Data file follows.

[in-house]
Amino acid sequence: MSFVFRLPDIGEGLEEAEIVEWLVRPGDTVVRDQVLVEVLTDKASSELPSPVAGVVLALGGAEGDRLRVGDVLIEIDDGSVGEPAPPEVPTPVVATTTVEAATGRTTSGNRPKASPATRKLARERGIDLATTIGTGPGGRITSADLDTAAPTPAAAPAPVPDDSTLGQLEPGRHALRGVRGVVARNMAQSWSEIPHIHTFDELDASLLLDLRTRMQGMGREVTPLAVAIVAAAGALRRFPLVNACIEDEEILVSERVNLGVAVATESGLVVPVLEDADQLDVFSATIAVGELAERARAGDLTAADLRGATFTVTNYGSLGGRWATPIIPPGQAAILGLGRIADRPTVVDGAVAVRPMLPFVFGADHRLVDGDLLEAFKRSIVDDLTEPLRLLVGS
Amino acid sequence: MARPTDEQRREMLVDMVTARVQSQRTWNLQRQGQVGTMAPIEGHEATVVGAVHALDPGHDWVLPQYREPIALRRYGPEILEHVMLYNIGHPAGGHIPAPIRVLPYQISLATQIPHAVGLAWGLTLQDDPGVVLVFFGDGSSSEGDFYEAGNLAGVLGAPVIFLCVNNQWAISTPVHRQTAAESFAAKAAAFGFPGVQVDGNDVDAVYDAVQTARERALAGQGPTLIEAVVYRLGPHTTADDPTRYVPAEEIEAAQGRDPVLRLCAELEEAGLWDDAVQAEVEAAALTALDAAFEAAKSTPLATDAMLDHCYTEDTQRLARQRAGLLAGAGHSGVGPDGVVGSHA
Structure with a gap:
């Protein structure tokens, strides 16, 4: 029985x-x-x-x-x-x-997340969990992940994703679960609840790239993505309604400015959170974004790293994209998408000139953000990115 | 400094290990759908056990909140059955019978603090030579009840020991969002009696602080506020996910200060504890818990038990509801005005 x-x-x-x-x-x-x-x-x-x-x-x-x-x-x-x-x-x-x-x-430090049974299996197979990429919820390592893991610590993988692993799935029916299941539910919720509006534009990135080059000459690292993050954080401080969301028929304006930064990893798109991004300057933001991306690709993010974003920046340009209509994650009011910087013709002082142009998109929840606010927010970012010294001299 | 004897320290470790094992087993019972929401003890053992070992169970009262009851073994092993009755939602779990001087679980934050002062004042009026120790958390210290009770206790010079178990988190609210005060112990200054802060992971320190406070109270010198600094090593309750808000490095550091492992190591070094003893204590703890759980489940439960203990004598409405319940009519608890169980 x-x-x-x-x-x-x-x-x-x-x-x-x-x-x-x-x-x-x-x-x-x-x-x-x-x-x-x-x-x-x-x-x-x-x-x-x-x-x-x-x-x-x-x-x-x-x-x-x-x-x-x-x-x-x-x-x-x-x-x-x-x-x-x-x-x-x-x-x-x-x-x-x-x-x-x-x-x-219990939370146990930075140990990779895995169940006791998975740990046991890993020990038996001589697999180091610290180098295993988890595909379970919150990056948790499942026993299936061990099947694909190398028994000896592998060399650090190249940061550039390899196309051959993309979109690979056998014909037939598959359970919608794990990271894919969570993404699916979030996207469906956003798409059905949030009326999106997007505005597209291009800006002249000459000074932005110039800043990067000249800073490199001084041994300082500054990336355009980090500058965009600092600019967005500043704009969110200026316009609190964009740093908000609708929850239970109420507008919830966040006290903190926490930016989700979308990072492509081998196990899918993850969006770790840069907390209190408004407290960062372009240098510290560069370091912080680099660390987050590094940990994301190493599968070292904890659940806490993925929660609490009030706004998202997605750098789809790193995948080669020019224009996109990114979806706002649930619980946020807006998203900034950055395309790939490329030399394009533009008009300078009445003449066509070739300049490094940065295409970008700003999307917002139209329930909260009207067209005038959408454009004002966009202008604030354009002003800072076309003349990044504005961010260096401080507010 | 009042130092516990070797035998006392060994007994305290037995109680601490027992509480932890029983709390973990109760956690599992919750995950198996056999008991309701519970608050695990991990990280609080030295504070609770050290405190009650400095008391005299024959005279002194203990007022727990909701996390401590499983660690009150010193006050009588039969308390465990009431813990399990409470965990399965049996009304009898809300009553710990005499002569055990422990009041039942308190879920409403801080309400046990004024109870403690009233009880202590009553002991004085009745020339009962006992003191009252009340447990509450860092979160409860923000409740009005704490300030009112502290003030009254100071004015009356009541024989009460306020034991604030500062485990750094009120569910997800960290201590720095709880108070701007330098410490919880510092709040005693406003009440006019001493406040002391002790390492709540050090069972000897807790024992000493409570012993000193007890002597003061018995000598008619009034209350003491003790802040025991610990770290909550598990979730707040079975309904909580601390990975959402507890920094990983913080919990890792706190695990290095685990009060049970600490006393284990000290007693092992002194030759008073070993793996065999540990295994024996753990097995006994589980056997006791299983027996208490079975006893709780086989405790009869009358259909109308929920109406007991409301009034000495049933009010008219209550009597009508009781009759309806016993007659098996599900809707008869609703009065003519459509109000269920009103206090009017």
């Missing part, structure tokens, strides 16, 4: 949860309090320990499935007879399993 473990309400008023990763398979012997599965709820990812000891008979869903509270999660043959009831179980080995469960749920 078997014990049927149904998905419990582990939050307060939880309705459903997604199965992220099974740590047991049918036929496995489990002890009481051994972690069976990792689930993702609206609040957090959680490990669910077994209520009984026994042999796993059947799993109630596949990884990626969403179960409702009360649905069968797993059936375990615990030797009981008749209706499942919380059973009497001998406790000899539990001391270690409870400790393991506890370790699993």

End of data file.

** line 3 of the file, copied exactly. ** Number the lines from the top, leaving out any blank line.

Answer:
Amino acid sequence: MARPTDEQRREMLVDMVTARVQSQRTWNLQRQGQVGTMAPIEGHEATVVGAVHALDPGHDWVLPQYREPIALRRYGPEILEHVMLYNIGHPAGGHIPAPIRVLPYQISLATQIPHAVGLAWGLTLQDDPGVVLVFFGDGSSSEGDFYEAGNLAGVLGAPVIFLCVNNQWAISTPVHRQTAAESFAAKAAAFGFPGVQVDGNDVDAVYDAVQTARERALAGQGPTLIEAVVYRLGPHTTADDPTRYVPAEEIEAAQGRDPVLRLCAELEEAGLWDDAVQAEVEAAALTALDAAFEAAKSTPLATDAMLDHCYTEDTQRLARQRAGLLAGAGHSGVGPDGVVGSHA